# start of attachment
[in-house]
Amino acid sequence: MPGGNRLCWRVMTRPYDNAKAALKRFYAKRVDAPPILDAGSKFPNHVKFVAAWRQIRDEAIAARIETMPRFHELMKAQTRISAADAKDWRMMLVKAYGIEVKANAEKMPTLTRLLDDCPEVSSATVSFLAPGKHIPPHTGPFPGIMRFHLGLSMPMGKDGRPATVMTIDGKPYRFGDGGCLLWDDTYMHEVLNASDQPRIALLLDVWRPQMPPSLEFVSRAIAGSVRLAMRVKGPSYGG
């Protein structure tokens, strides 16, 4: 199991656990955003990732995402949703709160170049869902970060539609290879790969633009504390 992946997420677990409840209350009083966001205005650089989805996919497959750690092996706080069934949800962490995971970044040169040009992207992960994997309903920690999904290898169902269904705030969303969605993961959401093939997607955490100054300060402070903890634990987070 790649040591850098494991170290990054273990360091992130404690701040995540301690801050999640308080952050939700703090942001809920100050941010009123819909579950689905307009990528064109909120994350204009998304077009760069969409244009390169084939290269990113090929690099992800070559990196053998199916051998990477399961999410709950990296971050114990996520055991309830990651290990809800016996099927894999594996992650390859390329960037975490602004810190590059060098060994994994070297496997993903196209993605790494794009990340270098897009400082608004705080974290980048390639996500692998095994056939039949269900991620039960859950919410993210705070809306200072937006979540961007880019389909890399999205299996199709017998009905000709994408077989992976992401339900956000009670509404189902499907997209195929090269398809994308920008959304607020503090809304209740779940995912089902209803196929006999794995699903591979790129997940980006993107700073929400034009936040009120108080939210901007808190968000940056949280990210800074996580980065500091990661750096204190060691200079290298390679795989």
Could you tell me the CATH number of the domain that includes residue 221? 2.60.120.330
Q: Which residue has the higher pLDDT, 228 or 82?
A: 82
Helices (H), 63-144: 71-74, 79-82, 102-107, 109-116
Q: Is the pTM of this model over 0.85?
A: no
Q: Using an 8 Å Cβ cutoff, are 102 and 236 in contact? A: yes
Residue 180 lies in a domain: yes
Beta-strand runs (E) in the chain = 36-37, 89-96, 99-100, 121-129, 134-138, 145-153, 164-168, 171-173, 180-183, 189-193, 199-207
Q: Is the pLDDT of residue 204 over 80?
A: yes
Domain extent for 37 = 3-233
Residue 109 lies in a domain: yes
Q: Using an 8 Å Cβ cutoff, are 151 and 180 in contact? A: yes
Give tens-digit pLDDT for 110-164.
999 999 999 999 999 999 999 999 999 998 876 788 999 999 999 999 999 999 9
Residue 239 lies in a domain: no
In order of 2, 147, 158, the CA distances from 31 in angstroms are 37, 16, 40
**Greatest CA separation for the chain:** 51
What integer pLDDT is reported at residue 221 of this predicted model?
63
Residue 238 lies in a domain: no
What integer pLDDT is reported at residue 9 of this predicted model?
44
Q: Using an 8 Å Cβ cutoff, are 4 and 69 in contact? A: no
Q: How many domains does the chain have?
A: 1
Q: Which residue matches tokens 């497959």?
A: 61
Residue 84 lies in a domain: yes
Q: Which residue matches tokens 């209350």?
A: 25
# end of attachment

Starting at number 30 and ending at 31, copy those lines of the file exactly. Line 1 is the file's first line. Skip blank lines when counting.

A: 1
Q: Which residue matches tokens 């497959």?